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4th of July  


4th of July Cookout Facts
By U.S. Census Bureau
Jun 28, 2008, 13:06 PST



As with many holidays, the 4th of July celebration includes food, drink and the realization of how fortunate we are as a nation. As of 1999, 66 million Americans said they had taken part in a barbeque during the previous year and 32 million in a picnic. It's probably safe to assume a good number of these events took place on the Fourth.

Though we do not have a fixed menu for the celebration of the Fourth, you can almost count on traditional favorites, such as hamburgers and hot dogs, chicken, ribs, garden salads, potato salad, chips and watermelon. Following is a summary of where these foods are produced:

* The beef on your backyard grill could have come from Texas. It was the leading state in the production of cattle and calves, accounting for 7.5 billion lbs. of the nation's total production of 42.8 billion lbs. in 2000.

* Your hot dogs and ribs may have originated in Iowa. The Hawkeye State had a total inventory of 14.9 million hogs and pigs as of March 1, 2002 -- about one-fourth of the nation's total.

* The chicken on your barbecue grill may have come from one of the top six broiler-producing states: Georgia, Arkansas, Alabama, North Carolina, Mississippi and Texas. The value of production in each of these states exceeded $1 billion in 2001. These states combined for well over half of the nation's broiler production.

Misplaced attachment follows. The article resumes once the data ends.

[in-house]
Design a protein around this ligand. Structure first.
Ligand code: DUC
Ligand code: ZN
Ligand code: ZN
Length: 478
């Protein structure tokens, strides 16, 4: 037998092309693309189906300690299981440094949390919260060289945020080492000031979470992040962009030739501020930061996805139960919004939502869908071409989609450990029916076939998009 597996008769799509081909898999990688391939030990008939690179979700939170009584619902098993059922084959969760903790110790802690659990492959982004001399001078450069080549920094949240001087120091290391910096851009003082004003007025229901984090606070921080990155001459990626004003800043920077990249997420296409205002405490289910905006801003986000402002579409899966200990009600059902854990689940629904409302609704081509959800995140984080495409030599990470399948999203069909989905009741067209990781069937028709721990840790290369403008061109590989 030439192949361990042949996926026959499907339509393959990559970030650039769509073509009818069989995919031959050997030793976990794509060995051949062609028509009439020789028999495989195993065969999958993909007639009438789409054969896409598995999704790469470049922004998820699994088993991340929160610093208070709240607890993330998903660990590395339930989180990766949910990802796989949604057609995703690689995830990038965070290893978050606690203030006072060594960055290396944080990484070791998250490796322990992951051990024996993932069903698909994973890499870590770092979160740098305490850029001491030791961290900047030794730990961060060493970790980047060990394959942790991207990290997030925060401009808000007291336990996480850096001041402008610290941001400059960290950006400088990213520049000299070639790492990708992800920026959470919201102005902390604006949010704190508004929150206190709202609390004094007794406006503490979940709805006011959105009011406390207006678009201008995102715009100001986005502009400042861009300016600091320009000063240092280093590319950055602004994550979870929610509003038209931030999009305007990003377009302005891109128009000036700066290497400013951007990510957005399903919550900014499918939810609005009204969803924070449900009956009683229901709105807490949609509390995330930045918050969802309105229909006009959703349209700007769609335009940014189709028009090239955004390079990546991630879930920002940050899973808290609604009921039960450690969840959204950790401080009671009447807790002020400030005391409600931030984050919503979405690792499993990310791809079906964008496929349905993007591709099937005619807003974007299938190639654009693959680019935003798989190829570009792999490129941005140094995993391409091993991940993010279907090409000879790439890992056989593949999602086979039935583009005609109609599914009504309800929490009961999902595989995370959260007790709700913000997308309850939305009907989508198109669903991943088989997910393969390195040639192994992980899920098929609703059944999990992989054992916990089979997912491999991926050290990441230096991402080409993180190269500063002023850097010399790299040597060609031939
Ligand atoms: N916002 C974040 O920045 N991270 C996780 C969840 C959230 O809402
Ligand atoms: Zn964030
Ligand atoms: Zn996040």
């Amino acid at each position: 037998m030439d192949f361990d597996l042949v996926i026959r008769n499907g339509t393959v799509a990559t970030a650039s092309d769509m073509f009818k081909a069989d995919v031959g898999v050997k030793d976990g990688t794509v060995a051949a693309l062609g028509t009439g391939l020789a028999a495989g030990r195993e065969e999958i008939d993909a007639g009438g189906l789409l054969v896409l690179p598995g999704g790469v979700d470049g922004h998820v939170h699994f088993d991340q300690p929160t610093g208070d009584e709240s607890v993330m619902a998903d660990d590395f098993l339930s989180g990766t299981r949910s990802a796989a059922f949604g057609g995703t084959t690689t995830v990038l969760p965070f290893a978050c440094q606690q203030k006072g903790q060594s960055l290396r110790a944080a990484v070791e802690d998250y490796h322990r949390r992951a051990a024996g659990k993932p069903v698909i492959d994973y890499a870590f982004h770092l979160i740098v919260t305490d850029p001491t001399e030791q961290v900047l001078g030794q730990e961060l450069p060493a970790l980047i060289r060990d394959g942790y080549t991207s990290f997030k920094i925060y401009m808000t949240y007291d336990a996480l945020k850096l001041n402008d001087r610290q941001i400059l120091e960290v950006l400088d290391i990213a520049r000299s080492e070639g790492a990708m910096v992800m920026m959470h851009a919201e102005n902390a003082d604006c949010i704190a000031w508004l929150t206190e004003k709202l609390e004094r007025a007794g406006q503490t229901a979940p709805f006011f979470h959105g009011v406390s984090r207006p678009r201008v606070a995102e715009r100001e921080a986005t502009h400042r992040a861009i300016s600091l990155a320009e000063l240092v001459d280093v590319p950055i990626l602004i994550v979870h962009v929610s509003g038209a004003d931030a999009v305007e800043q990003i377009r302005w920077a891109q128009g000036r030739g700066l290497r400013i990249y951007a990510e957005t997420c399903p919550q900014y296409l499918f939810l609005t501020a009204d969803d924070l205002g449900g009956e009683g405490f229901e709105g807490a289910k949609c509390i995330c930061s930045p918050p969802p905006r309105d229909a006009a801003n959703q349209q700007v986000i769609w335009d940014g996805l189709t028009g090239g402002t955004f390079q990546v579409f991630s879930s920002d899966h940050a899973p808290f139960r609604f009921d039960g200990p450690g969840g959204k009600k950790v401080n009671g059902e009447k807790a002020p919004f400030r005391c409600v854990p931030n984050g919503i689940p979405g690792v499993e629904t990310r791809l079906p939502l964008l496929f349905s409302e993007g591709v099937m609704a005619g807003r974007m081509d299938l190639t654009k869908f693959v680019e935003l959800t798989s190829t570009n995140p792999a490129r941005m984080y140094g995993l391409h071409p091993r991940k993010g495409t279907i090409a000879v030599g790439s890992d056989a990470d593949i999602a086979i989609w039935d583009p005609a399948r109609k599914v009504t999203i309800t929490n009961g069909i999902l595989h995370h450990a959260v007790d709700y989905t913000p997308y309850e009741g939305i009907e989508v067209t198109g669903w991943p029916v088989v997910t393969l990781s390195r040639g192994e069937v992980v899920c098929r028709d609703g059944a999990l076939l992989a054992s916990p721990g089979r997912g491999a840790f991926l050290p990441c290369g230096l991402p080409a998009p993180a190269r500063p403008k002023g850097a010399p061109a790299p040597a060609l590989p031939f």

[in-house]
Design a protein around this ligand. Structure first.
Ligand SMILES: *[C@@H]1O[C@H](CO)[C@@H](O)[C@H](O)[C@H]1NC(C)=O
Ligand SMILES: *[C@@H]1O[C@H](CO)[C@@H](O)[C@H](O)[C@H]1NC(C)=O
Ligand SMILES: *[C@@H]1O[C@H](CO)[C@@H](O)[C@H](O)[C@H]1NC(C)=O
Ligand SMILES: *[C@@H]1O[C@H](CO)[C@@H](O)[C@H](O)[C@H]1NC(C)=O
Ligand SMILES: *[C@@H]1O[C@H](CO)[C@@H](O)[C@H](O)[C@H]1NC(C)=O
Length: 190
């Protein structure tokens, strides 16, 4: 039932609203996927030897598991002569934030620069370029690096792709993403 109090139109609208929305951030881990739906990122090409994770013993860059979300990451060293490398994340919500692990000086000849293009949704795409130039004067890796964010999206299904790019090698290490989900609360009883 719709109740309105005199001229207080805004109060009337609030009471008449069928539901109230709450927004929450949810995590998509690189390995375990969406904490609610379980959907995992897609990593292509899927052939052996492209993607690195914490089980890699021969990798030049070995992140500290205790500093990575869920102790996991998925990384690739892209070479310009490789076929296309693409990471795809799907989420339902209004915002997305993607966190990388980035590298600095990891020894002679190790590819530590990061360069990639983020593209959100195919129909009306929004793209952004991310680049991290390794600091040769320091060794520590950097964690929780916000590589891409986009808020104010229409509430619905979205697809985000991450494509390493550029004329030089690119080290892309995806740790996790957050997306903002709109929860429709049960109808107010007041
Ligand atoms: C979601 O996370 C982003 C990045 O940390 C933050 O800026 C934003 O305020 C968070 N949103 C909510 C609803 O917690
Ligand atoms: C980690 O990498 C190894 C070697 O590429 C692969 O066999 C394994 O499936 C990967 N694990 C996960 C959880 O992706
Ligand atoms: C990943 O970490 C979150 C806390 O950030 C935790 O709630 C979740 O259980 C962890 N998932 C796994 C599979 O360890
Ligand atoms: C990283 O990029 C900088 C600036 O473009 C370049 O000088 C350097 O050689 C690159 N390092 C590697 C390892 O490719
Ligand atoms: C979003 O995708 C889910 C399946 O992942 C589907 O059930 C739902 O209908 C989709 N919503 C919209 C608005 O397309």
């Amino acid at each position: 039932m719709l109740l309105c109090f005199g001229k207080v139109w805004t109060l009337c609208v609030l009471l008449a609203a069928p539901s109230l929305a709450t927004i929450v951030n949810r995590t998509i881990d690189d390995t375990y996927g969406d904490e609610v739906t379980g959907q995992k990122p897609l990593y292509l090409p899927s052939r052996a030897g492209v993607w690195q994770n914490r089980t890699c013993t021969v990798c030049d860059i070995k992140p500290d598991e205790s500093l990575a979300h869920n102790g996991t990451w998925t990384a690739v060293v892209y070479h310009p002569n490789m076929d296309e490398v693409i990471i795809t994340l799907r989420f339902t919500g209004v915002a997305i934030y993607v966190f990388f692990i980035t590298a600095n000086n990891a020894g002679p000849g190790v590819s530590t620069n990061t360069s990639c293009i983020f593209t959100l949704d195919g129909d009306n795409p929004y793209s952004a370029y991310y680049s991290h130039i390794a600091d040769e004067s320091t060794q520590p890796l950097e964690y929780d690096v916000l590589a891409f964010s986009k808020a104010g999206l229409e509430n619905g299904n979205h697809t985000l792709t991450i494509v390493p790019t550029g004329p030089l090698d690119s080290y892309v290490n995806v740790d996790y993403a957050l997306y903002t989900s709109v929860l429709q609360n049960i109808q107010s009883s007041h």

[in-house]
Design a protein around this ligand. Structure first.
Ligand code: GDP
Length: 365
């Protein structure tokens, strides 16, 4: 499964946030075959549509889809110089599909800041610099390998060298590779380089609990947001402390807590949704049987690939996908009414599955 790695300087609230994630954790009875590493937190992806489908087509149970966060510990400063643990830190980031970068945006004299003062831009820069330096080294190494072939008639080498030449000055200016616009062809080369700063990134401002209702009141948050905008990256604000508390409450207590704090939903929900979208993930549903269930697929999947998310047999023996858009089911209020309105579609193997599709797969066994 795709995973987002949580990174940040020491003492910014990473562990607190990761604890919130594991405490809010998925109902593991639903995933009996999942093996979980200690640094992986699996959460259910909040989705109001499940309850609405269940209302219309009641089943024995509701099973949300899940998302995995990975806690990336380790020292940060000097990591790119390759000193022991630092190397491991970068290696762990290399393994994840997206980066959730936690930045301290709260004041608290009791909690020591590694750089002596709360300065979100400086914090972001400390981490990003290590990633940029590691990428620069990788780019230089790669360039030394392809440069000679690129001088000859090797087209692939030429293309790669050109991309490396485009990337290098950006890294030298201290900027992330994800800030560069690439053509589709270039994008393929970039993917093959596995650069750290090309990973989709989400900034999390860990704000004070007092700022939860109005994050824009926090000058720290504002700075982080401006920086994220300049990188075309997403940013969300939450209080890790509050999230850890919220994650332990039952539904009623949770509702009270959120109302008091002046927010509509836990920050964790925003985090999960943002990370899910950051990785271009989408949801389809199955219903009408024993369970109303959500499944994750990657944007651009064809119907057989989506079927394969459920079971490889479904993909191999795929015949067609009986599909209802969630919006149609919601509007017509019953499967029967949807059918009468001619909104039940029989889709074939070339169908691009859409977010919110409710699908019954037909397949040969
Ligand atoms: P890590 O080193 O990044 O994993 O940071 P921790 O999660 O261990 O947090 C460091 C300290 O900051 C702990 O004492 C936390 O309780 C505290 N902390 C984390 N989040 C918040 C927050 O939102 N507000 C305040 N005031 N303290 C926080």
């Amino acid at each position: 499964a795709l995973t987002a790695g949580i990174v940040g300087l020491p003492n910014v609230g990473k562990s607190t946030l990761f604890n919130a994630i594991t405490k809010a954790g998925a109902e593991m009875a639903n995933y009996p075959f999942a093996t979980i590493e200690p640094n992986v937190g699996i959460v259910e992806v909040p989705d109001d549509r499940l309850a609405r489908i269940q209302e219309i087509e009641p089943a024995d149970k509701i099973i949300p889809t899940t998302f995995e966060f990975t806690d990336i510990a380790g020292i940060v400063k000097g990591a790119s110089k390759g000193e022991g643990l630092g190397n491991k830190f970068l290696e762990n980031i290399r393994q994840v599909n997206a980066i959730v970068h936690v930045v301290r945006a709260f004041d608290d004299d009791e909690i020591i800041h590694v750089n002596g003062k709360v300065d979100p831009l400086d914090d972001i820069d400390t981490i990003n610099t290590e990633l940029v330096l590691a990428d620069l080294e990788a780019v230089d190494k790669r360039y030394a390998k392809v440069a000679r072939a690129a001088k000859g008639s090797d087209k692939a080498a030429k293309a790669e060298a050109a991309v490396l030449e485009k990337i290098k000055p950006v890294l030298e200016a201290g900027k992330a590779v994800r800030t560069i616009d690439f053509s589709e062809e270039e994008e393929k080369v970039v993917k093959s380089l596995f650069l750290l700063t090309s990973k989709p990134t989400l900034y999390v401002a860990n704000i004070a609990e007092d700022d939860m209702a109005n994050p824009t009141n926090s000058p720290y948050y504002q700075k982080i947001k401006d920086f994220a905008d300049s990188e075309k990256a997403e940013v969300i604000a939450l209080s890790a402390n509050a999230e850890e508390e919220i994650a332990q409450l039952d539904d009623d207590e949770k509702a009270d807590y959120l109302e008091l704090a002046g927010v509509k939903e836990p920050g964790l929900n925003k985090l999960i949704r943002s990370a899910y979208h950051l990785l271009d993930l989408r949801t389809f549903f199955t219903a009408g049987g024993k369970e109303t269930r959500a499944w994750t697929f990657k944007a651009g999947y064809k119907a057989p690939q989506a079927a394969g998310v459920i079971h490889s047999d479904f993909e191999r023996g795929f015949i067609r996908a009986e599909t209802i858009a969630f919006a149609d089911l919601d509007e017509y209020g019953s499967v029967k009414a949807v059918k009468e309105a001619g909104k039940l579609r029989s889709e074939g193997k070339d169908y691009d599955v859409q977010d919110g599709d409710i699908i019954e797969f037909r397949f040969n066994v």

* The lettuce in your salad or on your hamburger probably was grown in California, which accounted for nearly three-quarters of the value of this product in 2001.

* The fresh tomatoes in your salad or the ketchup on your hamburger or hot dog most likely come from Florida or California, which combined for nearly two-thirds of U.S. tomato production in 2001.

* Your side dish of baked beans or pork and beans may very well come from North Dakota or Nebraska, which, combined, produced nearly half of the dry, edible beans in 2001.

* As to the potatoes in your products such as potato salad or those used in making your potato chips, Idaho and Washington combined for one-half of potato production in 2001.

* For dessert, some mouth-watering watermelon might really hit the spot. Five states -- California, Florida, Georgia, Texas and Arizona -- combined for almost three-quarters of the value of watermelon production in 2001.





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